tech2 News StaffMar 06, 2017 14:38:46 IST
IBM has announced that it has started building the first commercially available quantum computers in the world. The computers and services for the new line of computers, called "IBM Q" quantum systems, will be delivered over the IBM cloud platform. An API for the IBM Quantum Experience has been released too, that will allow developers to build interfaces between quantum computers and conventional computers, without the need for a deep understanding of quantum physics.
IBM also plans to release a complete SDK in the first half of 2017, that will allow developers to start creating simple applications and software programs for IBM quantum computers. The IBM Quantum Experience allows anyone to run simulations and algorithms on an IBM quantum processor, explore tutorials and simulations, as well as work with individual quantum bits. Users can connect to the quantum processor through IBM cloud.
The computers will significantly improve the capabilities of artificial intelligences such as IBM Watson. The artificial intelligence technologies that run on conventional computers process vast amounts of data to find patterns and insights. Solving problems where vast amounts of data does not exist takes impossibly long on conventional computers, because the machines have to process a large number of possibilities to get to the answer. IBM Q computers will deliver that capability.
Arvind Krishna, senior vice president of Hybrid Cloud and director for IBM Research says, "IBM has invested over decades to growing the field of quantum computing and we are committed to expanding access to quantum systems and their powerful capabilities for the science and business communities. Following Watson and blockchain, we believe that quantum computing will provide the next powerful set of services delivered via the IBM Cloud platform, and promises to be the next major technology that has the potential to drive a new era of innovation across industries."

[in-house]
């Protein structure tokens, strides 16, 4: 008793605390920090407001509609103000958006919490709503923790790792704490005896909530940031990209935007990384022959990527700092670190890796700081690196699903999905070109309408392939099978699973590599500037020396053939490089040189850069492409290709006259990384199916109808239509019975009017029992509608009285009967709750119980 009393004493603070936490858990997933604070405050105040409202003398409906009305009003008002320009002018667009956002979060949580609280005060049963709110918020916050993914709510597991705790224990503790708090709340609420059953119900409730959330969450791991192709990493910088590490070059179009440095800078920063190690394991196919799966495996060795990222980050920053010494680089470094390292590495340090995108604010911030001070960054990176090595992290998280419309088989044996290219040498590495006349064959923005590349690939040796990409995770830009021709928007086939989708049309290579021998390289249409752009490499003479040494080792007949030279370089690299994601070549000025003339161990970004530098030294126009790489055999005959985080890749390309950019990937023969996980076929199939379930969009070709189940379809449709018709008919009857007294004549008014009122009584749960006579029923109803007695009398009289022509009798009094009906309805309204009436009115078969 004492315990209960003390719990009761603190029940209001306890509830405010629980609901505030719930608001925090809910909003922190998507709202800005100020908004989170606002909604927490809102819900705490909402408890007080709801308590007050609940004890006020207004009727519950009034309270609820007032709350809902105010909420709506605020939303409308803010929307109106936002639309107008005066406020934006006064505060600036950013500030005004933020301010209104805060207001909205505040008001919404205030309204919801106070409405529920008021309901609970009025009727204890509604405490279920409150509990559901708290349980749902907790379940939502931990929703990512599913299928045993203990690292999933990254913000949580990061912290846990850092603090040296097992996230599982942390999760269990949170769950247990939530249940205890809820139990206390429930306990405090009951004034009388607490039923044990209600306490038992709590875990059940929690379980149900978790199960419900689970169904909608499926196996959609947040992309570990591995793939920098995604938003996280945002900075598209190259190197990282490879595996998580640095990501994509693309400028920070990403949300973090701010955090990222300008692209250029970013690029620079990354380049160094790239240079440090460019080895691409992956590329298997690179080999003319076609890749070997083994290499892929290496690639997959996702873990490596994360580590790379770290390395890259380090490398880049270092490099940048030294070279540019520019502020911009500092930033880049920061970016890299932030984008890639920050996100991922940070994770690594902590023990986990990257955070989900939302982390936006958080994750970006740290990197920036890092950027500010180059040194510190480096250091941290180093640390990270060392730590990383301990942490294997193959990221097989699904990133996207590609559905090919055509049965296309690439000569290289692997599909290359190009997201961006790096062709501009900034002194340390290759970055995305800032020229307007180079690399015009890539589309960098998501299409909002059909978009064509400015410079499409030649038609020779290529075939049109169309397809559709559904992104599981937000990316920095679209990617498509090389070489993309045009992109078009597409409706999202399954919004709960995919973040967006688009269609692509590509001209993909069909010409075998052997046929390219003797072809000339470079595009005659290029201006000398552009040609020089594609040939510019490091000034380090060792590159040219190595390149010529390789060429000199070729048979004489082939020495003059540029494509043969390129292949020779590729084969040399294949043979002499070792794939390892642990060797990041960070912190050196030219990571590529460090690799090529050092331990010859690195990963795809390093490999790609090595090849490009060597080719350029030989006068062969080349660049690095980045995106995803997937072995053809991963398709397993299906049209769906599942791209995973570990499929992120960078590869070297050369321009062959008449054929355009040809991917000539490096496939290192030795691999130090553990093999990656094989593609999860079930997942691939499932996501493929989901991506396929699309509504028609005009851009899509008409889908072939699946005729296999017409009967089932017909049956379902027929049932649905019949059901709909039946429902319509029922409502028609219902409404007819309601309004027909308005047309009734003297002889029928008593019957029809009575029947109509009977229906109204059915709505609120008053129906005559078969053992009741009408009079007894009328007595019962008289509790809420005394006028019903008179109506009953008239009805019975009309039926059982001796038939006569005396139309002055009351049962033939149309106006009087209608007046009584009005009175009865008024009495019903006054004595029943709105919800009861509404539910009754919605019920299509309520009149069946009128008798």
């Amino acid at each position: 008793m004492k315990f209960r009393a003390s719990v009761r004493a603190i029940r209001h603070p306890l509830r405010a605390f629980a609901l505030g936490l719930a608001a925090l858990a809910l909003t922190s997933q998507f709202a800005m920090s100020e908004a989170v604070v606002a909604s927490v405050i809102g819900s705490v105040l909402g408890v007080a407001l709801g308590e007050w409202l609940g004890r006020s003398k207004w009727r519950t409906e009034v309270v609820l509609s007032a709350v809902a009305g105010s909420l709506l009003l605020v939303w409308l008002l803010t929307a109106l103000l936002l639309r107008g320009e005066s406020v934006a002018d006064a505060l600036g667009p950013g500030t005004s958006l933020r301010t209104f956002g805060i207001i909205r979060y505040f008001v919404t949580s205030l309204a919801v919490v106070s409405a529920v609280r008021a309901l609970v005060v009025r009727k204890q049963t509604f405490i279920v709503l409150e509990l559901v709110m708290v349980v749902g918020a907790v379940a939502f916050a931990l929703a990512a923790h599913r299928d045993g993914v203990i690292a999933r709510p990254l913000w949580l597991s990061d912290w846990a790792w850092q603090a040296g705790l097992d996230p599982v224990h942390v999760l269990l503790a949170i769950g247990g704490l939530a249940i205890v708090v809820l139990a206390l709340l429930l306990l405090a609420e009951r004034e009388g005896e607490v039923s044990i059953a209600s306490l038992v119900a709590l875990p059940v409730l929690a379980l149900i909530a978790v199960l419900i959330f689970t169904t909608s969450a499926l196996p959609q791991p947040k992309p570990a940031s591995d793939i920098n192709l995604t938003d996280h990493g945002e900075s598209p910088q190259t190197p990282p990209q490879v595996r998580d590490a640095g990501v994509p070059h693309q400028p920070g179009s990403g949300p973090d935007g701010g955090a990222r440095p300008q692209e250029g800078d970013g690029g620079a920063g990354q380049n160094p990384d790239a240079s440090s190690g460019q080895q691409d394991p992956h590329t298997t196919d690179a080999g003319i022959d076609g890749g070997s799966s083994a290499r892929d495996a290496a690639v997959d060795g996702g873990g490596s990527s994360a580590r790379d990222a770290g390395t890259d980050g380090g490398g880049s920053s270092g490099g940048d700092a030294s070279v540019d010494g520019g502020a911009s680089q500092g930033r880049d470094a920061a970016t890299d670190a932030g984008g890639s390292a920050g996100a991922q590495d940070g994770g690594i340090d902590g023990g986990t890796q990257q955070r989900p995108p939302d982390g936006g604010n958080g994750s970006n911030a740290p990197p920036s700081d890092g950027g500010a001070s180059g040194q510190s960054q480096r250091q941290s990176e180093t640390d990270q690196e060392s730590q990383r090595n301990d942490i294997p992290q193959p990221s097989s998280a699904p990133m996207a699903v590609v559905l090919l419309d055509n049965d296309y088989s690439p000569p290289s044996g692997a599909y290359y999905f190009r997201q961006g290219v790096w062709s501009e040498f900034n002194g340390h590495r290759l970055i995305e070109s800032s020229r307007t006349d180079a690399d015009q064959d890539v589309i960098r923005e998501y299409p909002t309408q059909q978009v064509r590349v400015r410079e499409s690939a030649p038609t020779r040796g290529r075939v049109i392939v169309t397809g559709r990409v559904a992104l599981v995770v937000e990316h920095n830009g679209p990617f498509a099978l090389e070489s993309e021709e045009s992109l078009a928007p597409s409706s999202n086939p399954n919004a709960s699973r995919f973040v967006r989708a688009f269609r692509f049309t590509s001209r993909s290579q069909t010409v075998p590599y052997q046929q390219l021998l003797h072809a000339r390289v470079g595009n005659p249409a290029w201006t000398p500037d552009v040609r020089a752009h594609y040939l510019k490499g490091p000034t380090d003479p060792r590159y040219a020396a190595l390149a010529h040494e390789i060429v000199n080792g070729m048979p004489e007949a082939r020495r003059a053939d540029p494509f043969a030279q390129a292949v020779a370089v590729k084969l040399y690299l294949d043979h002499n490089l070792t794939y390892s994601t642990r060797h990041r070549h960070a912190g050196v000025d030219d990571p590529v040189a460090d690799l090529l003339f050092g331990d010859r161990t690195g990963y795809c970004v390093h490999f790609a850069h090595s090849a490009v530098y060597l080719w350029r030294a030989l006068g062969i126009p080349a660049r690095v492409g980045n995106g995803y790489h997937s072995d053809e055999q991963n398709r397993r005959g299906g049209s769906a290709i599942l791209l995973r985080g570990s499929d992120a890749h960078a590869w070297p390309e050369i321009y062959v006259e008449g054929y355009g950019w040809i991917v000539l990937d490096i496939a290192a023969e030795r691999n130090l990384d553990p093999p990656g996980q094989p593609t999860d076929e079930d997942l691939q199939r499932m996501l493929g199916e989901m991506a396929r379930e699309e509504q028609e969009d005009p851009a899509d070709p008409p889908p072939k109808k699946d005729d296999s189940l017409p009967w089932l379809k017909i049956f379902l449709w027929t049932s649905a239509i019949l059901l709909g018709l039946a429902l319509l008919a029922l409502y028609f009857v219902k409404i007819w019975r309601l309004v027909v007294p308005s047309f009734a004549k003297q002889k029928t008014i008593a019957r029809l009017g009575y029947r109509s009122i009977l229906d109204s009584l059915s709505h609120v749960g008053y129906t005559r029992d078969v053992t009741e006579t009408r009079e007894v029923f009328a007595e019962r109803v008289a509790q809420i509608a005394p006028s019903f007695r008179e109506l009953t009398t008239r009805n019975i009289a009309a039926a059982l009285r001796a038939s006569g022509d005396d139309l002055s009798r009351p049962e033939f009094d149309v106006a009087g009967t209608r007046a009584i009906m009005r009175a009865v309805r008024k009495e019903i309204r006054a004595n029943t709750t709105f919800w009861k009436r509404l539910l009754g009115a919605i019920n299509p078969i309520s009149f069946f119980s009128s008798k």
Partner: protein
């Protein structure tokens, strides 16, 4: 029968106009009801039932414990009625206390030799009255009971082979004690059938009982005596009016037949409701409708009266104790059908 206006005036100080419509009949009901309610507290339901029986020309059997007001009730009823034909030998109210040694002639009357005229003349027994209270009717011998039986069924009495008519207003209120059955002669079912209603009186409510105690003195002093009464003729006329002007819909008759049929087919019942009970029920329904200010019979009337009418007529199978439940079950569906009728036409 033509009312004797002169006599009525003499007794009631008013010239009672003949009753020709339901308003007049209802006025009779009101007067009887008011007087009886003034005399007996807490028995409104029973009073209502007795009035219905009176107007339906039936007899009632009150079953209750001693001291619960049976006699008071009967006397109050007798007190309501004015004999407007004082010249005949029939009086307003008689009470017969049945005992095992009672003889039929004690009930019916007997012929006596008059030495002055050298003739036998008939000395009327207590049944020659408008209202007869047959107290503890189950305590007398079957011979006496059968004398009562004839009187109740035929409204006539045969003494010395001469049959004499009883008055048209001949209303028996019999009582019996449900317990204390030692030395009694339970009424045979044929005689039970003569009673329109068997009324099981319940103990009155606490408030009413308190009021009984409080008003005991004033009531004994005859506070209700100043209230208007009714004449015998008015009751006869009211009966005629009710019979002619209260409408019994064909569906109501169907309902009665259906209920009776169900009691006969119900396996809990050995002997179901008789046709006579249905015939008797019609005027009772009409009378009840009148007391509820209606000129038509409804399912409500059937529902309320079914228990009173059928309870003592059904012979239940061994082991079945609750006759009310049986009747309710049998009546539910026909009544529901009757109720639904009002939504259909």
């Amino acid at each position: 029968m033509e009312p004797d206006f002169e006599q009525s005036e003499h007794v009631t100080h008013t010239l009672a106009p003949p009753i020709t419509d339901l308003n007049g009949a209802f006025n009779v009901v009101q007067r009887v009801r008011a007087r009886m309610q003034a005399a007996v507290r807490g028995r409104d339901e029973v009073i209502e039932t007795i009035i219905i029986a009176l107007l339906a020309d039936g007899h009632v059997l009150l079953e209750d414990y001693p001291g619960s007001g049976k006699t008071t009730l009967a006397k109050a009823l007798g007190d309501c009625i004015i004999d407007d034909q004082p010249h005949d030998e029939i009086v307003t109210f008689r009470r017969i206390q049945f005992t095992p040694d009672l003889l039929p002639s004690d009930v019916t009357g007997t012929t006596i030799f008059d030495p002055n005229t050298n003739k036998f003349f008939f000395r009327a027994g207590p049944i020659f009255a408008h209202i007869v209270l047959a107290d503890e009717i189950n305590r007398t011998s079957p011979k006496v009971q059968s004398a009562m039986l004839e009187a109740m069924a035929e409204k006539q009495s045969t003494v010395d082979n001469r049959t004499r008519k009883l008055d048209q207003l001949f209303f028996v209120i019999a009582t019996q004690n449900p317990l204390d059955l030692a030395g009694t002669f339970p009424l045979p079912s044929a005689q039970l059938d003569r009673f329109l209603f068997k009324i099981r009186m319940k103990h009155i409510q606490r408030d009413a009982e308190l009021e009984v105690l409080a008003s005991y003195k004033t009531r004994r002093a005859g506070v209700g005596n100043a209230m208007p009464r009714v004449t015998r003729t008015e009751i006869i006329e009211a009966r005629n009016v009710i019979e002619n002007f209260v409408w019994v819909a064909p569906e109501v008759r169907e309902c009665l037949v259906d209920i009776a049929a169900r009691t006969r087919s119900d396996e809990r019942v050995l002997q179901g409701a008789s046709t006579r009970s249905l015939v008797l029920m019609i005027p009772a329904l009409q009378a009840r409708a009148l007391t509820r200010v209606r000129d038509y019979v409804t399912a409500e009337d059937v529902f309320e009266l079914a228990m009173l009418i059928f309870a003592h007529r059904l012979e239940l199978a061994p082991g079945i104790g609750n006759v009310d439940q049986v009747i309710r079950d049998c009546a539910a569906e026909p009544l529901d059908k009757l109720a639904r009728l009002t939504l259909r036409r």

IBM Q systems are being designed for a number of critical science applications. Drug and materials discovery stands to benefit as computers will be capable of tacking chemistry problems too difficult for conventional computers. Logistics, artificial intelligence, financial services and cloud security all stand to become more powerful.
Tom Rosamilia, senior vice president of IBM Systems, says, "Classical computers are extraordinarily powerful and will continue to advance and underpin everything we do in business and society. But there are many problems that will never be penetrated by a classical computer. To create knowledge from much greater depths of complexity, we need a quantum computer."
For users who are interested in taking a deep dive, the specifications for the new quantum computers have been made available on GitHub, and IBM has provided sample scripts to demonstrate how the API works.
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